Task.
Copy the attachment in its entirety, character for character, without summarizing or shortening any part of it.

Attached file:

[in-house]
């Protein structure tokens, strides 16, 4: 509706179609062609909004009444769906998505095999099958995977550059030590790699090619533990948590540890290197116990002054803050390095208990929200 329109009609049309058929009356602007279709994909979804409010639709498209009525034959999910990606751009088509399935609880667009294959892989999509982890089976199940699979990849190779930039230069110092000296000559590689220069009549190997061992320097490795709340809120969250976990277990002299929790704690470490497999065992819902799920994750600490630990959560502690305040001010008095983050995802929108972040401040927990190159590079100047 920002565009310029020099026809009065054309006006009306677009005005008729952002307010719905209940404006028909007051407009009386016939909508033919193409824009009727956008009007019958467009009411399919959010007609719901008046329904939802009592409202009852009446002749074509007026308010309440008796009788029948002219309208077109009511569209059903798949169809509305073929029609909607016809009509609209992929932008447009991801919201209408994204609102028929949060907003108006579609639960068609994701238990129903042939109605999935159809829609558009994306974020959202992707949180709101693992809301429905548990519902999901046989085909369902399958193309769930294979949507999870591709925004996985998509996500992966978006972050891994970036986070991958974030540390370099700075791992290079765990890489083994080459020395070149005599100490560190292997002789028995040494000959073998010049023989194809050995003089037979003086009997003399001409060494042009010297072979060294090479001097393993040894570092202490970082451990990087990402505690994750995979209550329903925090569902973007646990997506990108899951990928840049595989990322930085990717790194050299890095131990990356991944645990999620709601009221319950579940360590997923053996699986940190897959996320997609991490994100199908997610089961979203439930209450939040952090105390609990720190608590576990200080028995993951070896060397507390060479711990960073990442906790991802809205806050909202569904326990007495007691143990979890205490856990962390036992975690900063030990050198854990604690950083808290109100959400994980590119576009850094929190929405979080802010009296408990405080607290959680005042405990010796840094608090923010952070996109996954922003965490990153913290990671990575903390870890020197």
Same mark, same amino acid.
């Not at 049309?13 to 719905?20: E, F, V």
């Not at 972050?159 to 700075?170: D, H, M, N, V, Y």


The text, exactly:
[in-house]
């Protein structure tokens, strides 16, 4: 509706179609062609909004009444769906998505095999099958995977550059030590790699090619533990948590540890290197116990002054803050390095208990929200 329109009609049309058929009356602007279709994909979804409010639709498209009525034959999910990606751009088509399935609880667009294959892989999509982890089976199940699979990849190779930039230069110092000296000559590689220069009549190997061992320097490795709340809120969250976990277990002299929790704690470490497999065992819902799920994750600490630990959560502690305040001010008095983050995802929108972040401040927990190159590079100047 920002565009310029020099026809009065054309006006009306677009005005008729952002307010719905209940404006028909007051407009009386016939909508033919193409824009009727956008009007019958467009009411399919959010007609719901008046329904939802009592409202009852009446002749074509007026308010309440008796009788029948002219309208077109009511569209059903798949169809509305073929029609909607016809009509609209992929932008447009991801919201209408994204609102028929949060907003108006579609639960068609994701238990129903042939109605999935159809829609558009994306974020959202992707949180709101693992809301429905548990519902999901046989085909369902399958193309769930294979949507999870591709925004996985998509996500992966978006972050891994970036986070991958974030540390370099700075791992290079765990890489083994080459020395070149005599100490560190292997002789028995040494000959073998010049023989194809050995003089037979003086009997003399001409060494042009010297072979060294090479001097393993040894570092202490970082451990990087990402505690994750995979209550329903925090569902973007646990997506990108899951990928840049595989990322930085990717790194050299890095131990990356991944645990999620709601009221319950579940360590997923053996699986940190897959996320997609991490994100199908997610089961979203439930209450939040952090105390609990720190608590576990200080028995993951070896060397507390060479711990960073990442906790991802809205806050909202569904326990007495007691143990979890205490856990962390036992975690900063030990050198854990604690950083808290109100959400994980590119576009850094929190929405979080802010009296408990405080607290959680005042405990010796840094608090923010952070996109996954922003965490990153913290990671990575903390870890020197």
Same mark, same amino acid.
């Not at 049309?13 to 719905?20: E, F, V």
């Not at 972050?159 to 700075?170: D, H, M, N, V, Y």